The Spanish word mojo comes from the verb mojar, to wet or more specifically in this case to provide moisture, as in a sauce. The origin can probably be traced back to the Canary Islands’ famous red and green mojos, mojo verde and mojo rojo, which accompany the typical salt water-boiled wrinkled potatoes and are served with pretty much everything else. There are versions of mojo throughout Latin America, all of which contain garlic and some of which are flavoured with different herbs and chillies. In Mexico, Mojo de Ajo or simply Garlic Sauce is very heavy indeed on the odorous bulb, brightened with plenty of lemon or lime juice and enriched with butter – and all along the coast, both Pacific and Gulf, it is a regular and oh so delicious partner to fresh prawns and shrimp.
Green or red chillies and parsley always find their way into my Mexican mojo de ajo. It is a quick and easy recipe and the mixture can in fact be used as a marinade and a baste if you want to thread the prawns onto skewers and barbecue them. Resist any temptation to cut back on the amount of garlic, any less and the dish will be a shadow of its real self; it melts down into the butter and the flavour becomes incredibly mellow and smooth.
There is no reason to restrict Mojo de Ajo to prawns – it is wonderful with any kind of fish, roast chicken or lamb, a steak, a potato salad, over broccoli or roasted bell peppers - the possibilities are truly endless, so long as you are addicted to garlic.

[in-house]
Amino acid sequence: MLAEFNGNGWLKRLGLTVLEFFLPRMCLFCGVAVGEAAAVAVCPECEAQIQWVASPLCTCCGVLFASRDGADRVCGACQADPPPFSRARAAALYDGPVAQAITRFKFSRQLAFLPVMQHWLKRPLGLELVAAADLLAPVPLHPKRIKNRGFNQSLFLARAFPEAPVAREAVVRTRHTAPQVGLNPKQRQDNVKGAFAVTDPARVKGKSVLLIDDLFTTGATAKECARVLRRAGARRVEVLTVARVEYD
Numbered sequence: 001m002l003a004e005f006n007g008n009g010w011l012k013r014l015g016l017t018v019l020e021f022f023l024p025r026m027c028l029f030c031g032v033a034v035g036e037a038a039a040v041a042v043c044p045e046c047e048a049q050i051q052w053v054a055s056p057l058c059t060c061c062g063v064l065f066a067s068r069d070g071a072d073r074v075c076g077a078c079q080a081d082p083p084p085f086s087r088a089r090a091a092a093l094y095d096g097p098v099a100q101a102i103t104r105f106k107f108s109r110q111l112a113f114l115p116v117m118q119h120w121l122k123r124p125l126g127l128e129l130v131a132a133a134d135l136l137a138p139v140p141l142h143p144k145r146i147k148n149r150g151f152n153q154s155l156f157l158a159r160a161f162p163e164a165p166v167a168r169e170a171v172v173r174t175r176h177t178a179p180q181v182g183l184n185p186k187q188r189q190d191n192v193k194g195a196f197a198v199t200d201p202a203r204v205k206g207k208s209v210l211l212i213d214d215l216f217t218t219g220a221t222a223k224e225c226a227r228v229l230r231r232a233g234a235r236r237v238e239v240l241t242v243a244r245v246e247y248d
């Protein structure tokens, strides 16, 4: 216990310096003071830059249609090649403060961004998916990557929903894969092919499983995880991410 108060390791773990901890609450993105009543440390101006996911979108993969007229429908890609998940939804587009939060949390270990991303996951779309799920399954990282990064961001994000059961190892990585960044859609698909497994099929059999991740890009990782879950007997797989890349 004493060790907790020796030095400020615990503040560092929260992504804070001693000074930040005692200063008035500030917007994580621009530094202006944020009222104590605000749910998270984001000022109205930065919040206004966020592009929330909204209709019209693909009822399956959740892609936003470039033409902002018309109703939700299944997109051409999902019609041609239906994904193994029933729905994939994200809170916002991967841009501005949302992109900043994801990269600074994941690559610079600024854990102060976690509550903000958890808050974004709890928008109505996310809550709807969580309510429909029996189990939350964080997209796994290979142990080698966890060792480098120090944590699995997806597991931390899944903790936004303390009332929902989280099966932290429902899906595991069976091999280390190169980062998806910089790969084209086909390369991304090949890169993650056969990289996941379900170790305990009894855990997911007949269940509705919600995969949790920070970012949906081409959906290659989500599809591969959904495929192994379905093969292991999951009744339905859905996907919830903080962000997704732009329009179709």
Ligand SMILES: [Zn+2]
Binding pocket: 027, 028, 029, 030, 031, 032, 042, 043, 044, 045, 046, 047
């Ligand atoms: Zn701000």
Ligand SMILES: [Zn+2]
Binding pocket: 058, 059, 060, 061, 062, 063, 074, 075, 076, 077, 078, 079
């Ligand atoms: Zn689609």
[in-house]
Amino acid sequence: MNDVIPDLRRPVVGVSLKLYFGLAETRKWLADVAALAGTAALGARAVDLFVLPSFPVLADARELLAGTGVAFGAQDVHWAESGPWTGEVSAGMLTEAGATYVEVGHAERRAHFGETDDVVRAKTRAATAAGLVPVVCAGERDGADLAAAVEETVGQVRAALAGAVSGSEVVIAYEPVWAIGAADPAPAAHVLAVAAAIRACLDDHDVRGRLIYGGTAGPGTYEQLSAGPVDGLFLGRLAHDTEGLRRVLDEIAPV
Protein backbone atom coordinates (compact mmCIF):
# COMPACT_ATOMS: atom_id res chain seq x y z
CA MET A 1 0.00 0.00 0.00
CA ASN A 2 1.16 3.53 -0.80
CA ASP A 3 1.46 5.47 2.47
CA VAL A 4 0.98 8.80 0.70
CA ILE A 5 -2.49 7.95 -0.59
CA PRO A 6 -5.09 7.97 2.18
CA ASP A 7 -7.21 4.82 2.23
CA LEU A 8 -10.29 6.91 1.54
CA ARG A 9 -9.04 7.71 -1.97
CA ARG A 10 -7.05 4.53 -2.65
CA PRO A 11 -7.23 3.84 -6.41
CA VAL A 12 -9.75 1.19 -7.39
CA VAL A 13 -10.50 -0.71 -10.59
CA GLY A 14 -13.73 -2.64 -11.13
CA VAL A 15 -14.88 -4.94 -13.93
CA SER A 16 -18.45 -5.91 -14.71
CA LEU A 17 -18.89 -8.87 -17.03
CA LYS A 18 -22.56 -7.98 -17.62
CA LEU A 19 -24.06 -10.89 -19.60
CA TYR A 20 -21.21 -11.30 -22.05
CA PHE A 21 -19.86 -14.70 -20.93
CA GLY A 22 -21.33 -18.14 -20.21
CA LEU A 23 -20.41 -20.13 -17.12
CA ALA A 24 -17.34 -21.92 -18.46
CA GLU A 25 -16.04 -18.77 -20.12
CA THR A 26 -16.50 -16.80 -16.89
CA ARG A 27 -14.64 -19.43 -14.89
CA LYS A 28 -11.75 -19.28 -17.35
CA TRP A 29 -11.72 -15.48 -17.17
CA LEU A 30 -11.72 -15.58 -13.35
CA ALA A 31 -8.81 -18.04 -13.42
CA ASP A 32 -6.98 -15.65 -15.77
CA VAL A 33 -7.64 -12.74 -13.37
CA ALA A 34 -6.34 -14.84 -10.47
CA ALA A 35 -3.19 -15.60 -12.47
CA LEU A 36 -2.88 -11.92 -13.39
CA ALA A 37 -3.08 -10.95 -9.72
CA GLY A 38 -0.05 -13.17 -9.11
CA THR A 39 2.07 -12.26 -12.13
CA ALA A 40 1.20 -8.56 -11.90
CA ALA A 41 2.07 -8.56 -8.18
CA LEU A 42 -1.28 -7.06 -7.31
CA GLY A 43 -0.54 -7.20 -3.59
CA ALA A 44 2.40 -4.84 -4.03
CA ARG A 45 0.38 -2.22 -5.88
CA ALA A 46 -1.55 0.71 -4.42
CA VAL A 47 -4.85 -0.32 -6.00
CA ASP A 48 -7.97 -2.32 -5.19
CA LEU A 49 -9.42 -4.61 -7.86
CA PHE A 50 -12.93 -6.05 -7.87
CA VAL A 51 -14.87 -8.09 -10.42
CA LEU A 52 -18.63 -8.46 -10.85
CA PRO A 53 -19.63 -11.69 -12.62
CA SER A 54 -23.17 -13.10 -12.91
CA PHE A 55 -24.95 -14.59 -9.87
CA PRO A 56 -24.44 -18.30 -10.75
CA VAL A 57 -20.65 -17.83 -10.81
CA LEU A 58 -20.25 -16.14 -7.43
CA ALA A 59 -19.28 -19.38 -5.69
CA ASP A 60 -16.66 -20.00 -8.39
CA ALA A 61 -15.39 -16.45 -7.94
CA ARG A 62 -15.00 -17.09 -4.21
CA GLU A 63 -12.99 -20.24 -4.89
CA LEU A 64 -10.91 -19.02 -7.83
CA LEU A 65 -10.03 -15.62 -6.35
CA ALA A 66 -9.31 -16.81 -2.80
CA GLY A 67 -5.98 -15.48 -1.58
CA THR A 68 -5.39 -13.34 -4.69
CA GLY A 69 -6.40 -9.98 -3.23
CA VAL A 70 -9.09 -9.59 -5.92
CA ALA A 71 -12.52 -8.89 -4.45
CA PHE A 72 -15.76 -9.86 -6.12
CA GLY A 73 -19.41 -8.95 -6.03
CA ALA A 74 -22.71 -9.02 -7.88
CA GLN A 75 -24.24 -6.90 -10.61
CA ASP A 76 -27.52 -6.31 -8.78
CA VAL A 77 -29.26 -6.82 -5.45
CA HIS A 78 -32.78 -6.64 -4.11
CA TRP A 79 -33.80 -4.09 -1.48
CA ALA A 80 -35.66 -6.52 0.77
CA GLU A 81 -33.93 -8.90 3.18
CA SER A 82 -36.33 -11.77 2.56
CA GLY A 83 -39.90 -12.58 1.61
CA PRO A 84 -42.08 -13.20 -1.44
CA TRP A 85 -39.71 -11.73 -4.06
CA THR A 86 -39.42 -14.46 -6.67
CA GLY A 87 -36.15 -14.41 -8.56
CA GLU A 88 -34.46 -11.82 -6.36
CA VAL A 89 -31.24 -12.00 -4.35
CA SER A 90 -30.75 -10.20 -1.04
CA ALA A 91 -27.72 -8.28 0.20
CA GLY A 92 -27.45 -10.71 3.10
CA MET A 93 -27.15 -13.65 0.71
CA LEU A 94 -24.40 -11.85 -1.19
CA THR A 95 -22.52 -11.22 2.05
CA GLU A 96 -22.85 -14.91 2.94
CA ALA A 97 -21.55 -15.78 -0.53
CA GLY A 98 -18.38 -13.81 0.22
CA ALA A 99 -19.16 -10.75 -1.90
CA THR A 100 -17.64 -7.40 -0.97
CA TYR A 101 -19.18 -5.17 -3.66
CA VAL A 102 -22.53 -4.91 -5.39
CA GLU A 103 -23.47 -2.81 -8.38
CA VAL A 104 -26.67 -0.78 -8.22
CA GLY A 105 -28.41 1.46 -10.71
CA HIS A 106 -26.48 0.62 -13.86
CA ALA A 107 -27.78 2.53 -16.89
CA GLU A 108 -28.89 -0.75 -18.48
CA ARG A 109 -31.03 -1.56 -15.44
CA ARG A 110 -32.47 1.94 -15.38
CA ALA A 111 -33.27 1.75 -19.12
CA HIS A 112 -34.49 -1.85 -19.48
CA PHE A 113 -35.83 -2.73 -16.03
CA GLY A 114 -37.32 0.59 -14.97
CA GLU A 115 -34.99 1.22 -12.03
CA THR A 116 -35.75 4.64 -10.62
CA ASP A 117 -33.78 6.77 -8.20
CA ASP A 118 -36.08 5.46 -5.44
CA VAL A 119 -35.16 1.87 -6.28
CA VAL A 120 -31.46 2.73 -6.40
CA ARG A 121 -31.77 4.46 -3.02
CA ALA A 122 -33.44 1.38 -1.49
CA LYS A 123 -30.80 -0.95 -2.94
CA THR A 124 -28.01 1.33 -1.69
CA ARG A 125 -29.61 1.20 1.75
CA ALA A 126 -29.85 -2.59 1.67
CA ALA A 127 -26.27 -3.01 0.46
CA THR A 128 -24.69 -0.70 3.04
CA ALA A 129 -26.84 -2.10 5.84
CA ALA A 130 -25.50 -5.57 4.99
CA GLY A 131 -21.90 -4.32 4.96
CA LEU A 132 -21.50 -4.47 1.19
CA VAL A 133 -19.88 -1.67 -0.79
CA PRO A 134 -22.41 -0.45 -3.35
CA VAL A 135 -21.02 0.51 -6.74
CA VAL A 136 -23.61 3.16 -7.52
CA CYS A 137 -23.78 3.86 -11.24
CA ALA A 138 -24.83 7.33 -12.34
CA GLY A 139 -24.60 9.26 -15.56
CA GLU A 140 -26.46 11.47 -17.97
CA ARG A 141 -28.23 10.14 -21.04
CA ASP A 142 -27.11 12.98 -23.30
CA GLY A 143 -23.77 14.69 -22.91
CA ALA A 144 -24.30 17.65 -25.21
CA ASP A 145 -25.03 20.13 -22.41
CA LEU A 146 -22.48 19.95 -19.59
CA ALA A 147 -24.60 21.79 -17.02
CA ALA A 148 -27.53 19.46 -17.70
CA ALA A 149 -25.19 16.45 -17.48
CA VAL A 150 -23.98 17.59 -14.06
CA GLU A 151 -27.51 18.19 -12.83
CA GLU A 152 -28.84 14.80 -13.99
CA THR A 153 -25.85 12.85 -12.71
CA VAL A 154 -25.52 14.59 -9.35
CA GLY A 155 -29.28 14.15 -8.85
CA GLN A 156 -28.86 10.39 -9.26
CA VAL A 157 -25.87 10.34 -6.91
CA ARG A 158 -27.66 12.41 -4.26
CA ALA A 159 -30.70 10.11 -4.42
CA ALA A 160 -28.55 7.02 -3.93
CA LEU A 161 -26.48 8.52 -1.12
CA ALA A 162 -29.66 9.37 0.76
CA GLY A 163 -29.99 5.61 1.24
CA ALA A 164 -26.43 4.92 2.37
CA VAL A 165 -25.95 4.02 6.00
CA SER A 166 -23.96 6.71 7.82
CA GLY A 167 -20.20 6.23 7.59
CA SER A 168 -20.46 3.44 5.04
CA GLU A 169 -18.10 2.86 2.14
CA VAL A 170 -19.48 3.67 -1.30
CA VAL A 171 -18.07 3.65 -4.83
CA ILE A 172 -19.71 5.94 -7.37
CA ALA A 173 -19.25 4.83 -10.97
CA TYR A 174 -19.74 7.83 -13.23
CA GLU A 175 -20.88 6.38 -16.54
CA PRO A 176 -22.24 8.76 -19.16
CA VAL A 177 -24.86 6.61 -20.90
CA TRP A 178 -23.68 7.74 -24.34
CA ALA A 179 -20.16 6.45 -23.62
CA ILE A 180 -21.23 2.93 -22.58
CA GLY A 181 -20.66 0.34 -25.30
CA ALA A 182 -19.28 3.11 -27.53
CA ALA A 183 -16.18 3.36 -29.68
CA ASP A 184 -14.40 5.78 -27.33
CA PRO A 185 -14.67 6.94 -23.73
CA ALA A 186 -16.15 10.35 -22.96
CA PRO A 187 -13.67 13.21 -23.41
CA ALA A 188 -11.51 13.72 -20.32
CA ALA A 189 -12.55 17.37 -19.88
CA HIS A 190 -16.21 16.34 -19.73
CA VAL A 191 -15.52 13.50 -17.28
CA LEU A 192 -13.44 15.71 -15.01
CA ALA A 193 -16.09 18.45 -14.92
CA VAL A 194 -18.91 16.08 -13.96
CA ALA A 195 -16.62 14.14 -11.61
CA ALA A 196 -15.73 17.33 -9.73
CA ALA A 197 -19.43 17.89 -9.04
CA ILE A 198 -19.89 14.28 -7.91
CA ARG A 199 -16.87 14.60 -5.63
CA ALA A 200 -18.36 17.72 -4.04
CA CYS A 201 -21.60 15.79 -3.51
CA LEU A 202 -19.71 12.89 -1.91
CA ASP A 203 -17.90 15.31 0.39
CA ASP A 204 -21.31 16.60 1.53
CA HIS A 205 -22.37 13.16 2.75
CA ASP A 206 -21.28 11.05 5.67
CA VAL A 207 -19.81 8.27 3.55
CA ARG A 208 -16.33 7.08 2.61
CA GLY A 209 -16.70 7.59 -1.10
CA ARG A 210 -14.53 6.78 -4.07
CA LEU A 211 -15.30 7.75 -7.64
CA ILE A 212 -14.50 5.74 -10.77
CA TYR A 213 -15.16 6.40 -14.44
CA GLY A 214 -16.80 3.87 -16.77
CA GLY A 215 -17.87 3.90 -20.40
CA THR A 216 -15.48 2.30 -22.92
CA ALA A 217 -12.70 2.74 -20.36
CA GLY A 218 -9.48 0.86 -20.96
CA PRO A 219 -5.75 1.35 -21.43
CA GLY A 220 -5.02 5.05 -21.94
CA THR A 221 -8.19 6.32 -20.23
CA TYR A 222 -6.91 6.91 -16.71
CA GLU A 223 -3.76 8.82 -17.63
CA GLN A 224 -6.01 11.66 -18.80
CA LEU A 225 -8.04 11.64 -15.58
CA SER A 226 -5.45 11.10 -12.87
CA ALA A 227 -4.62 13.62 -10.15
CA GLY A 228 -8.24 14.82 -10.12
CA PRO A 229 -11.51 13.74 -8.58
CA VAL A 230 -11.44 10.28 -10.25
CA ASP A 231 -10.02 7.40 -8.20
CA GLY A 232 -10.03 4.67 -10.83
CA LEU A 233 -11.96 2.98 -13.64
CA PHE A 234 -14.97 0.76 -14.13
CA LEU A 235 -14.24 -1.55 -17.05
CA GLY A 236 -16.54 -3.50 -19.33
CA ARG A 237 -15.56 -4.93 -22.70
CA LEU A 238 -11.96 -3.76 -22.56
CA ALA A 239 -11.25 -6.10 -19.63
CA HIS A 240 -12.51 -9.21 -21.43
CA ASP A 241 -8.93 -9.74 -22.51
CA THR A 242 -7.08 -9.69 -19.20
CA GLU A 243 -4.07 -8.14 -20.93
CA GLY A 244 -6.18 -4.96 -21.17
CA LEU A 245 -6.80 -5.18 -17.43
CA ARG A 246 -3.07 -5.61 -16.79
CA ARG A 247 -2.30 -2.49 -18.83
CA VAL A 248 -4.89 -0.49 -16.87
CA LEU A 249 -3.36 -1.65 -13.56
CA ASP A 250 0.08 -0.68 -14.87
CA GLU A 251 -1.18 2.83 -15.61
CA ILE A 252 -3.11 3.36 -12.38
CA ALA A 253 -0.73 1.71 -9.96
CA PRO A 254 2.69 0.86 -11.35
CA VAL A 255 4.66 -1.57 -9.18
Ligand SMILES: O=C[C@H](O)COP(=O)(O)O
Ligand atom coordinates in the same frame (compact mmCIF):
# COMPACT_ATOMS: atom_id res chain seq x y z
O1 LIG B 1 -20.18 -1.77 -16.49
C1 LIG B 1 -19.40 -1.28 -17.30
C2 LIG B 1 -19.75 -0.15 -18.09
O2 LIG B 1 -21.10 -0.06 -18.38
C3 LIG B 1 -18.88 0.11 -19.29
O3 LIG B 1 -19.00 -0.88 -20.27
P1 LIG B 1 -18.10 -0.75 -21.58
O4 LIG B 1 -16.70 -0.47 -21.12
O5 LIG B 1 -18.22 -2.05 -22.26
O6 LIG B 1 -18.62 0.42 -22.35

Prawns in garlic sauce – Camarones al Mojo de Ajo
10 large garlic cloves, peeled
30 ml/2 tbsp olive oil
50 g/2 oz butter
15 g/1/2 oz red or green chillies, as mild or as hot as you like, deseeded and finely sliced
350 g/12 oz raw king or tiger prawns/shrimp, peeled and deveined, defrosted if frozen
30 ml/2 tbsp fresh lime juice, about 1 large lime, or to taste
10 g/1/3 oz flat leaf parsley, coarsely chopped
Warm corn tortillas or cooked rice, to serve (optional)
Sea salt and freshly ground black pepper
Crush the garlic cloves. Heat the oil and butter in a large frying pan over low heat and when it starts to sizzle, add the garlic and chilli. Cook, stirring often, until the garlic barely starts to turn golden – do not overcook it or it will be bitter.
Turn the heat up and toss in the prawns. Stir fry briskly until they just turn pink. Remove from the heat, add the lime juice, parsley and some salt and pepper and give it all a good stir. Check the seasoning.
Divide the prawns between two warm deep plates and serve immediately with warm tortillas or rice.
The camarones are also terribly good on top of spaghetti.
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